Turf algae-mediated coral damage in coastal reefs of Belize, Central America

Handle URI:
http://hdl.handle.net/10754/336034
Title:
Turf algae-mediated coral damage in coastal reefs of Belize, Central America
Authors:
Wild, Christian; Jantzen, Carin; Kremb, Stephan Georg
Abstract:
Many coral reefs in the Caribbean experienced substantial changes in their benthic community composition during the last decades. This often resulted in phase shifts from scleractinian coral dominance to that by other benthic invertebrate or algae. However, knowledge about how the related role of coral-algae contacts may negatively affect corals is scarce. Therefore, benthic community composition, abundance of algae grazers, and the abundance and character of coral-algae contacts were assessed in situ at 13 Belizean reef sites distributed along a distance gradient to the Belizean mainland (12–70 km): Mesoamerican Barrier Reef (inshore), Turneffe Atoll (inner and outer midshore), and Lighthouse Reef (offshore). In situ surveys revealed significantly higher benthic cover by scleractinian corals at the remote Lighthouse Reef (26–29%) when compared to the other sites (4–19%). The abundance of herbivorous fish and the sea urchin Diadema antillarum significantly increased towards the offshore reef sites, while the occurrence of direct coral-algae contacts consequently increased significantly with decreasing distance to shore. About 60% of these algae contacts were harmful (exhibiting coral tissue damage, pigmentation change, or overgrowth) for corals (mainly genera Orbicella and Agaricia), particularly when filamentous turf algae were involved. These findings provide support to the hypothesis that (turf) algae-mediated coral damage occurs in Belizean coastal, near-shore coral reefs.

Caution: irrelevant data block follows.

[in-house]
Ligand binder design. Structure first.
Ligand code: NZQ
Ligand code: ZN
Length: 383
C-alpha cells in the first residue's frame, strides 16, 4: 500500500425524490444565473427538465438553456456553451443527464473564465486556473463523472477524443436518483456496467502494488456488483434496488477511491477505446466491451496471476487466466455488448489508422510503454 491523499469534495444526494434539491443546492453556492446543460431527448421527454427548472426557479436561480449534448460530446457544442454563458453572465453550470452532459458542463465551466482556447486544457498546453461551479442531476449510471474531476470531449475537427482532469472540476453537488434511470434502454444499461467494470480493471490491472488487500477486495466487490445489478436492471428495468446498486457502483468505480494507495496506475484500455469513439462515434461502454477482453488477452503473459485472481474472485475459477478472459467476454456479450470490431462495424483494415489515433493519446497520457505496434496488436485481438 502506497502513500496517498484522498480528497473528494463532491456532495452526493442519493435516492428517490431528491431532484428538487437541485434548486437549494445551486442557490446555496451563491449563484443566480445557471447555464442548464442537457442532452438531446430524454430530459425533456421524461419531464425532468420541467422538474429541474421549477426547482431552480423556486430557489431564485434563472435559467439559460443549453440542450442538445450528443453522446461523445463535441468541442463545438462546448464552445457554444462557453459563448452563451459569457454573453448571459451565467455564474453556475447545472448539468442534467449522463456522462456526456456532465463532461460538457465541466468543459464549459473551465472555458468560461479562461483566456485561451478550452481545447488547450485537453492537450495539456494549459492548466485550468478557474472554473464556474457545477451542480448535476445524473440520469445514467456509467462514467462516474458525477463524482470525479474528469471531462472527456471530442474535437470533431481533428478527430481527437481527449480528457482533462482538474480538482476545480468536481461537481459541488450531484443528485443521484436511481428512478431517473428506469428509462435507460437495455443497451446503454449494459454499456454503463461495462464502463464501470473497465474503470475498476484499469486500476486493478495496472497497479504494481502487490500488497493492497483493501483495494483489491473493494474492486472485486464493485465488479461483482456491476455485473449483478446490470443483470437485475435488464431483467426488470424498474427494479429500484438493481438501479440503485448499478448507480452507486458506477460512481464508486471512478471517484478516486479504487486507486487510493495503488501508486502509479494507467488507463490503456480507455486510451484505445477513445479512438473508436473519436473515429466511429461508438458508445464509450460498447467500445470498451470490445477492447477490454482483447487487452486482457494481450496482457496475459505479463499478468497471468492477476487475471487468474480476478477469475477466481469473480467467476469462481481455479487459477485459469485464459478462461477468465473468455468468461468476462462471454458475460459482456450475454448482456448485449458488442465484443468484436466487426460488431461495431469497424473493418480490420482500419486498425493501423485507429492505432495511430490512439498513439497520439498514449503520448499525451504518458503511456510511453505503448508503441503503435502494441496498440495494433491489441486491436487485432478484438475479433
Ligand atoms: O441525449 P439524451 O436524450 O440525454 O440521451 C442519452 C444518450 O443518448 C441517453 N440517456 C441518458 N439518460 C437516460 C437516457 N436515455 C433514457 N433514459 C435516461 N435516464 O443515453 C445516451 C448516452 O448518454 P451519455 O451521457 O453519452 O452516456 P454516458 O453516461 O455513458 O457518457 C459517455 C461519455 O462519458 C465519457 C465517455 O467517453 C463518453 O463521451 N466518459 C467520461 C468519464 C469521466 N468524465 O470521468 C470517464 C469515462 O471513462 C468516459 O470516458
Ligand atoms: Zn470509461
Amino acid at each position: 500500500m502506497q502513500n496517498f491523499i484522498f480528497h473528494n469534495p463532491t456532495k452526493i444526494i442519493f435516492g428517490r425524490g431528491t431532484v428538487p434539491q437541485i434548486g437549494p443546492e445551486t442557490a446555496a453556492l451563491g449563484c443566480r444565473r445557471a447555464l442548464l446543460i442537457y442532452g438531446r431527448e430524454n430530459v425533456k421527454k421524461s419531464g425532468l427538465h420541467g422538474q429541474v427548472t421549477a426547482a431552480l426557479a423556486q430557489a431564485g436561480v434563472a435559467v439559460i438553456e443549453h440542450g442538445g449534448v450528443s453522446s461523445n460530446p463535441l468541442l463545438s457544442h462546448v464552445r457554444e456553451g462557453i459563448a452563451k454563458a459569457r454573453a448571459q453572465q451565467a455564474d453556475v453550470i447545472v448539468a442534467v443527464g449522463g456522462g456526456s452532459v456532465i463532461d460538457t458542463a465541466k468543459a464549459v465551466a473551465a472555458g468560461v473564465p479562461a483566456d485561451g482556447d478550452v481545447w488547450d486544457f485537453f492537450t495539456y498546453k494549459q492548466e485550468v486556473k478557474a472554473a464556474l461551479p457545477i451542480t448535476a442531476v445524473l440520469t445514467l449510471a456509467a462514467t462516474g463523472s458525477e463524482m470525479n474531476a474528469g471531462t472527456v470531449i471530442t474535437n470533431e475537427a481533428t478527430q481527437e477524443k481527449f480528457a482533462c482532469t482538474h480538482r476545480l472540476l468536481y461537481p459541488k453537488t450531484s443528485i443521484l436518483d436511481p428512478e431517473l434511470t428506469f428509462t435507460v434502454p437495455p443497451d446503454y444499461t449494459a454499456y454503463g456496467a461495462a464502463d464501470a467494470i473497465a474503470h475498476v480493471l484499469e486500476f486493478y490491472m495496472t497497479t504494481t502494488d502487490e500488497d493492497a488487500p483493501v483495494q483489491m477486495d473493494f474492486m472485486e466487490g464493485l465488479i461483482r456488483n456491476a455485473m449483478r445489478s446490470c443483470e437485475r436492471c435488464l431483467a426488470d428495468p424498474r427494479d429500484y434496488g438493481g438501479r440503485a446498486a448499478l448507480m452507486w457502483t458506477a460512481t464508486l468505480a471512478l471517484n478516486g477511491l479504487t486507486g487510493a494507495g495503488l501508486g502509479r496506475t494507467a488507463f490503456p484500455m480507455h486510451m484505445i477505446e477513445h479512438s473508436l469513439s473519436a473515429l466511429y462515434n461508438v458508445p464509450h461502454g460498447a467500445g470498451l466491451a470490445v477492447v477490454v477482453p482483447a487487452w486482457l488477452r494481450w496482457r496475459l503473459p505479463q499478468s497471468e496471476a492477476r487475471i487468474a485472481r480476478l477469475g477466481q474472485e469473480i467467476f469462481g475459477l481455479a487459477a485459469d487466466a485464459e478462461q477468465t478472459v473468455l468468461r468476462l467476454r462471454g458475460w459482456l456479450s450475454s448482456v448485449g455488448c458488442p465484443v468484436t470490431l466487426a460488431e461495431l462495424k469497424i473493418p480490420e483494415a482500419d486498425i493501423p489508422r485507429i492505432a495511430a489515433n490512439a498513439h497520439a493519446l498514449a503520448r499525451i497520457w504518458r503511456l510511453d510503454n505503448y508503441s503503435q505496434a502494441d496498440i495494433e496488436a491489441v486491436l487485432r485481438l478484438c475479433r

KAUST Department:
Red Sea Research Center (RSRC)
Citation:
Wild C, Jantzen C, Kremb SG. (2014) Turf algae-mediated coral damage in coastal reefs of Belize, Central America. PeerJ 2:e571 http://dx.doi.org/10.7717/peerj.571
Publisher:
PeerJ
Journal:
PeerJ
Issue Date:
16-Sep-2014
DOI:
10.7717/peerj.571
PubMed ID:
25276504
PubMed Central ID:
PMC4178456
Type:
Article
ISSN:
2167-8359
Sponsors:
This research was funded by German Research Foundation (DFG) grant Wi 2677/4-1 to CW and ALDEBARAN Förderverein für Meeresforschung und Umweltjournalismus e.V. The funders had no role in study design, data collection and analysis, decision to publish, or preparation of the manuscript.
Additional Links:
https://peerj.com/articles/571
Appears in Collections:
Articles; Red Sea Research Center (RSRC)

Full metadata record

DC FieldValue Language
dc.contributor.authorWild, Christianen
dc.contributor.authorJantzen, Carinen
dc.contributor.authorKremb, Stephan Georgen
dc.date.accessioned2014-11-24T16:08:30Z-
dc.date.available2014-11-24T16:08:30Z-
dc.date.issued2014-09-16en
dc.identifier.citationWild C, Jantzen C, Kremb SG. (2014) Turf algae-mediated coral damage in coastal reefs of Belize, Central America. PeerJ 2:e571 http://dx.doi.org/10.7717/peerj.571en
dc.identifier.issn2167-8359en
dc.identifier.pmid25276504en
dc.identifier.doi10.7717/peerj.571en
dc.identifier.urihttp://hdl.handle.net/10754/336034en